Do parents of urban children with persistent asthma ban smoking in their homes and cars?Ambul Pediatr. 2006 Mar-Apr; 6(2):115-9.AP
Environmental tobacco smoke (ETS) increases morbidity for children with asthma. One method to reduce children's ETS exposure is to completely ban smoking in the home and car. We sought to evaluate the degree to which urban children with persistent asthma are protected by household and car smoking bans, and to determine whether health care professionals are counseling parents to implement smoking bans.
We asked parents of children with asthma to complete an in-person interview including questions about asthma symptoms, smokers in the home, smoking bans (home and car), and the receipt of ETS counseling by health care professionals.
We included 231 children with persistent asthma symptoms (response rate 94%). Nearly half of the children lived with a smoker. Overall, only 64% of households had complete restrictions on smoking in the home and car. Even among the children with severe persistent symptoms, less than two-thirds were protected by a complete smoking ban. Among households with smokers, only 51% had a ban on smoking in the home and 49% in the car. The majority of caregivers had been questioned by health care professionals about home smoke exposure; less were asked about exposure in the car (40%) or given suggestions to decrease the child's exposure (58%).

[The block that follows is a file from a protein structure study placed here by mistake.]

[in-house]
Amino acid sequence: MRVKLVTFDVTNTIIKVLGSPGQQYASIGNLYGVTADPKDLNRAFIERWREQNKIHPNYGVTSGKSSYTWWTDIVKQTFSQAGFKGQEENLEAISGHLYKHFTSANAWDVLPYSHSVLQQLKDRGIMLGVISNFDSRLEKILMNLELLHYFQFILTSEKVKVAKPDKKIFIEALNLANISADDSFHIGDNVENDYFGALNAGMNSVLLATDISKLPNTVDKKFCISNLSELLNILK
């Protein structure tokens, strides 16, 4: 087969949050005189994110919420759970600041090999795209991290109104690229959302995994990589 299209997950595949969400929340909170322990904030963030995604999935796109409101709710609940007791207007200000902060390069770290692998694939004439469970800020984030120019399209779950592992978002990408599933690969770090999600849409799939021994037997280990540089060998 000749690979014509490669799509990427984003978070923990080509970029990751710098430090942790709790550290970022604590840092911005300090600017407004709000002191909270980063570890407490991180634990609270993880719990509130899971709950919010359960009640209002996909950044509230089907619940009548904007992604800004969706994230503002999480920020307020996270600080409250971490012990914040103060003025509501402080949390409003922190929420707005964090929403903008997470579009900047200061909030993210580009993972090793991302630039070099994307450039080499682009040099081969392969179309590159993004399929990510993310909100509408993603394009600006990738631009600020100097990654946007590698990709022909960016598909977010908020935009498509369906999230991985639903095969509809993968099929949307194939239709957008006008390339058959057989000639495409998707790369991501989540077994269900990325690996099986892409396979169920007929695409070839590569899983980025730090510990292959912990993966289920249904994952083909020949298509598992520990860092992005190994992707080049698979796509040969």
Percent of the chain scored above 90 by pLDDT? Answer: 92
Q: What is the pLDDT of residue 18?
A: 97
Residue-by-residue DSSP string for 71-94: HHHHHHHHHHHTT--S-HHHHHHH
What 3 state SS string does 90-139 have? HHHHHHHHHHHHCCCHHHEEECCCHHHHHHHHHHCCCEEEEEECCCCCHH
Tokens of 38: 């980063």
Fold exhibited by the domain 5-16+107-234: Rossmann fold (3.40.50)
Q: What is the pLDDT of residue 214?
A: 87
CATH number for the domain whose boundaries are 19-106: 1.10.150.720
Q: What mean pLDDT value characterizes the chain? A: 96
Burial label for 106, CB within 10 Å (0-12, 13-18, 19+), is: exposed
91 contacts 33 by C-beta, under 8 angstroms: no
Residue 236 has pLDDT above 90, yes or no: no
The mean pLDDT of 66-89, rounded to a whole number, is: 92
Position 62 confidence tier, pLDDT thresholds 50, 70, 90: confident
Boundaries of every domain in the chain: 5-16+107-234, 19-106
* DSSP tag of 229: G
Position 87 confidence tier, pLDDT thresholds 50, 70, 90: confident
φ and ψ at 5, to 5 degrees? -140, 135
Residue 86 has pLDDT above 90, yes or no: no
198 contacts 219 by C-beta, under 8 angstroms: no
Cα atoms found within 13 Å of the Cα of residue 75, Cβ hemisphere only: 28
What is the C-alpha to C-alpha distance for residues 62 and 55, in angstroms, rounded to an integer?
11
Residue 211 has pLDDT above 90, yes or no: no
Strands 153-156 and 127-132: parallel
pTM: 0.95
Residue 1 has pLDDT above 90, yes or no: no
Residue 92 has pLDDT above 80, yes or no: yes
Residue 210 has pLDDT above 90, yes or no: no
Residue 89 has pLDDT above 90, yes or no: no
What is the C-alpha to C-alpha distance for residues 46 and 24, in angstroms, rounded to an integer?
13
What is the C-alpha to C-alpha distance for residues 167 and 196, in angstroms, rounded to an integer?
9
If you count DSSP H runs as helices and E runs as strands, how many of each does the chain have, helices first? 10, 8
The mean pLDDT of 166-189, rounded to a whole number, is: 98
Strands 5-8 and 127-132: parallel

To our knowledge this is the first study to establish the prevalence of smoking bans among children with persistent asthma. Many children with asthma, even those with the most severe symptoms, remain exposed to ETS in the home and in cars. Identifying and reducing smoke exposure among these children should be a health care priority.